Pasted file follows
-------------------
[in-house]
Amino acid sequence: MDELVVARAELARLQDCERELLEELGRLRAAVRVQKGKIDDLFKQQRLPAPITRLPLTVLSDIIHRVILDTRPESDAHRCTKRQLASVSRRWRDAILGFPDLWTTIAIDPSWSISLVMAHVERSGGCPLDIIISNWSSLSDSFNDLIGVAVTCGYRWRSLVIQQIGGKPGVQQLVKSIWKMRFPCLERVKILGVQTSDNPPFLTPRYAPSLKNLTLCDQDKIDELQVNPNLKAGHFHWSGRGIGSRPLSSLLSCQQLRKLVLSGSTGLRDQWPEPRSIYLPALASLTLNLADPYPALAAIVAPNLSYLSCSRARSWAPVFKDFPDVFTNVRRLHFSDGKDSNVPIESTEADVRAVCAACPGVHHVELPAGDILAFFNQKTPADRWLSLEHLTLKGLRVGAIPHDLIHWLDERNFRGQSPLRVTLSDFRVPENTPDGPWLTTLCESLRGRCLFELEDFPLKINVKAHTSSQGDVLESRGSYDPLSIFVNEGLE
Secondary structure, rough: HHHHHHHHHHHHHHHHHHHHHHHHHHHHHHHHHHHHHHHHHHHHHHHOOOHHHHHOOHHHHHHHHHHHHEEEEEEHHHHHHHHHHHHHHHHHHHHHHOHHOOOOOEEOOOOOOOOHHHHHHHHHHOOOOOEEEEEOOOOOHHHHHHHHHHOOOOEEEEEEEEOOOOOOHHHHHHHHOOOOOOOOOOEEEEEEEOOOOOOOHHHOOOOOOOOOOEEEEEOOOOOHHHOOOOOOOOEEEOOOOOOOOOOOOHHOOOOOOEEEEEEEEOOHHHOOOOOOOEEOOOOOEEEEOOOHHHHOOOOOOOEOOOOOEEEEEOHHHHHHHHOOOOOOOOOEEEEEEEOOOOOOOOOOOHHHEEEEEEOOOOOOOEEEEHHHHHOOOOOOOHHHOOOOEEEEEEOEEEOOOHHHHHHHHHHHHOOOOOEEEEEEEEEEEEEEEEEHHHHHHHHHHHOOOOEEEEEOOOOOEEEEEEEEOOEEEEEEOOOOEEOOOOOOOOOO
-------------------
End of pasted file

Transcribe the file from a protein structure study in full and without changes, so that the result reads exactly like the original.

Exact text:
[in-house]
Amino acid sequence: MDELVVARAELARLQDCERELLEELGRLRAAVRVQKGKIDDLFKQQRLPAPITRLPLTVLSDIIHRVILDTRPESDAHRCTKRQLASVSRRWRDAILGFPDLWTTIAIDPSWSISLVMAHVERSGGCPLDIIISNWSSLSDSFNDLIGVAVTCGYRWRSLVIQQIGGKPGVQQLVKSIWKMRFPCLERVKILGVQTSDNPPFLTPRYAPSLKNLTLCDQDKIDELQVNPNLKAGHFHWSGRGIGSRPLSSLLSCQQLRKLVLSGSTGLRDQWPEPRSIYLPALASLTLNLADPYPALAAIVAPNLSYLSCSRARSWAPVFKDFPDVFTNVRRLHFSDGKDSNVPIESTEADVRAVCAACPGVHHVELPAGDILAFFNQKTPADRWLSLEHLTLKGLRVGAIPHDLIHWLDERNFRGQSPLRVTLSDFRVPENTPDGPWLTTLCESLRGRCLFELEDFPLKINVKAHTSSQGDVLESRGSYDPLSIFVNEGLE
Secondary structure, rough: HHHHHHHHHHHHHHHHHHHHHHHHHHHHHHHHHHHHHHHHHHHHHHHOOOHHHHHOOHHHHHHHHHHHHEEEEEEHHHHHHHHHHHHHHHHHHHHHHOHHOOOOOEEOOOOOOOOHHHHHHHHHHOOOOOEEEEEOOOOOHHHHHHHHHHOOOOEEEEEEEEOOOOOOHHHHHHHHOOOOOOOOOOEEEEEEEOOOOOOOHHHOOOOOOOOOOEEEEEOOOOOHHHOOOOOOOOEEEOOOOOOOOOOOOHHOOOOOOEEEEEEEEOOHHHOOOOOOOEEOOOOOEEEEOOOHHHHOOOOOOOEOOOOOEEEEEOHHHHHHHHOOOOOOOOOEEEEEEEOOOOOOOOOOOHHHEEEEEEOOOOOOOEEEEHHHHHOOOOOOOHHHOOOOEEEEEEOEEEOOOHHHHHHHHHHHHOOOOOEEEEEEEEEEEEEEEEEHHHHHHHHHHHOOOOEEEEEOOOOOEEEEEEEEOOEEEEEEOOOOEEOOOOOOOOOO